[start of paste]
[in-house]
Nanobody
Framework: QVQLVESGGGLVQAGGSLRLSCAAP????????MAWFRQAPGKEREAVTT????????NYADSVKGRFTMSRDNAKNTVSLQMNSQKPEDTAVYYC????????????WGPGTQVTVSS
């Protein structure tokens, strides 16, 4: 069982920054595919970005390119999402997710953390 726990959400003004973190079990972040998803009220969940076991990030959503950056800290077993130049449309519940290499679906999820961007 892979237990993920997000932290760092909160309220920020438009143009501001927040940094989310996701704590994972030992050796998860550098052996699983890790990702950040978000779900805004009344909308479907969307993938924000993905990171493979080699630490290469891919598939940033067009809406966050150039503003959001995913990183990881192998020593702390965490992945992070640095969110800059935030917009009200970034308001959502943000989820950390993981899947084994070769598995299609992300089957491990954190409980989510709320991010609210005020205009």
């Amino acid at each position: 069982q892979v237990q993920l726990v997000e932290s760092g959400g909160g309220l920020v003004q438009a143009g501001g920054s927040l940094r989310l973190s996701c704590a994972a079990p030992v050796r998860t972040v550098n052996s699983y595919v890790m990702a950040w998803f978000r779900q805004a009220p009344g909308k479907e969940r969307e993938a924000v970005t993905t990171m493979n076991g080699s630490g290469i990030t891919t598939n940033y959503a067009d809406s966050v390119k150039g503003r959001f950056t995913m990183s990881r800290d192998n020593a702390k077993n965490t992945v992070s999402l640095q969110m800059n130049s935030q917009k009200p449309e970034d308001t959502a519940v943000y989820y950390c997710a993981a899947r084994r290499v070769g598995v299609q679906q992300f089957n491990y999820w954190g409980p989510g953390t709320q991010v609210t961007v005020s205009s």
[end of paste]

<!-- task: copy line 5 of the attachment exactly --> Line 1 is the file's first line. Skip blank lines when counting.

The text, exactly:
């Amino acid at each position: 069982q892979v237990q993920l726990v997000e932290s760092g959400g909160g309220l920020v003004q438009a143009g501001g920054s927040l940094r989310l973190s996701c704590a994972a079990p030992v050796r998860t972040v550098n052996s699983y595919v890790m990702a950040w998803f978000r779900q805004a009220p009344g909308k479907e969940r969307e993938a924000v970005t993905t990171m493979n076991g080699s630490g290469i990030t891919t598939n940033y959503a067009d809406s966050v390119k150039g503003r959001f950056t995913m990183s990881r800290d192998n020593a702390k077993n965490t992945v992070s999402l640095q969110m800059n130049s935030q917009k009200p449309e970034d308001t959502a519940v943000y989820y950390c997710a993981a899947r084994r290499v070769g598995v299609q679906q992300f089957n491990y999820w954190g409980p989510g953390t709320q991010v609210t961007v005020s205009s």